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8 other vaccines you may need (besides COVID-19)

Routine shots aren’t just for kids. Here are the ones you need as an adult.

Stacy Colino By Stacey Colino

The COVID-19 vaccine has gotten a lot of attention lately. And for good reason: It helps protect people from getting the virus or becoming very sick from it. But at the same time, people are avoiding other important vaccinations. In fact, 47 percent of adults have put off or canceled health care services, such as getting vaccines, during the pandemic.1


That can be a mistake, experts say. You should not postpone certain medical visits or procedures. Routine vaccinations for adults are high on that list. (The same goes for getting emergency care for symptoms such as chest pain or difficulty breathing.) “Vaccines are meant to protect public health and prevent disease,” says Hiten Patel, MD, MPH. He’s an assistant professor of family medicine at the Ohio State University Wexner Medical Center. And they do a good job of protecting people. But only if you get them when you should.

Below are the vaccines adults should have. Of course, it depends on your age and other key factors. To find out if you’re overdue for any on the list, check your vaccination record. It includes a history of all the vaccines you got as a child and adult. Can’t find it? Your doctor may have a vaccine history in your medical records. Your state health department may also have registries that include adult vaccines. The CDC has a list of registry contacts and websites. If you still can’t find your record, your doctor can share the right vaccination schedule.

 


Aetna D-SNP members who need a routine vaccine may be able to get a ride to and from their vaccination appointment at no extra cost. Learn more about these transportation benefits at AetnaMedicare.com.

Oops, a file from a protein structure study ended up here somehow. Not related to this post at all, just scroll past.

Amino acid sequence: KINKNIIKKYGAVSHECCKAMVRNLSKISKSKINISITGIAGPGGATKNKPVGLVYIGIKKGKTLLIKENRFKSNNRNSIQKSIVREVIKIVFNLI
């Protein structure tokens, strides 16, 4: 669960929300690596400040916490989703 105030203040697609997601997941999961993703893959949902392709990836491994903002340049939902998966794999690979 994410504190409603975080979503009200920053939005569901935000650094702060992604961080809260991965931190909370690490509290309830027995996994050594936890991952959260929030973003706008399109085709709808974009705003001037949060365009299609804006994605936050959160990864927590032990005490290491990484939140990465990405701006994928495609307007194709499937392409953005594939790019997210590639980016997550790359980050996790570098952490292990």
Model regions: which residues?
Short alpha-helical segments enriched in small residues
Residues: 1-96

1. Influenza (flu): Everyone over the age of six months should have a flu shot each year, ideally in September or October.2 “It reduces the likelihood of getting influenza. And if you do get it, you’re less likely to get seriously ill,” Dr. Patel says. People aged 65 or older have a greater chance of catching the flu and developing complications. So they should get a high-dose version. It has four times as much antigen as the regular shot.3,4

  2. Tdap: This vaccine can protect you from three illnesses: tetanus (lockjaw), diphtheria and whooping cough (pertussis). Diphtheria is a serious bacterial infection. It can cause breathing trouble and heart failure.5 People usually get their first dose of Tdap at age 11 or 12. After age 19, you should have one dose of Tdap, then a Tdap or Td shot every 10 years. Also, women should get a Tdap dose during each pregnancy.6 Never got it? You should have it as soon as possible.

  3. MMR: You usually get the measles-mumps-rubella (MMR) vaccine as a child. It can prevent all three of these contagious diseases. The first dose happens at 12 to 15 months. You’ll get the second dose at 4 to 6 years of age.7 Once you’ve had the full series of vaccines, there’s no need to update them, Dr. Patel says. Immunity may wane in some people, though. Your doctor may check antibody levels. If you’re low for MMR, you may need a repeat vaccine.

    Adults who’ve never had the MMR vaccine should get at least one shot. There are a few exceptions. For instance, pregnant women should wait until after they’ve given birth.8 Your doctor can tell you if it’s right for you.

  4. Varicella: You might not have heard of the varicella-zoster virus, but you’ve heard of what it causes ‒ chickenpox. It’s highly contagious. But we have a strong defense against it. Two doses of the varicella vaccine are about 90 percent effective. Doctors give it during childhood, usually by age 6. If you are over age 13 and have never had chickenpox or the shot, the Centers for Disease Control and Prevention suggests getting it when you can.9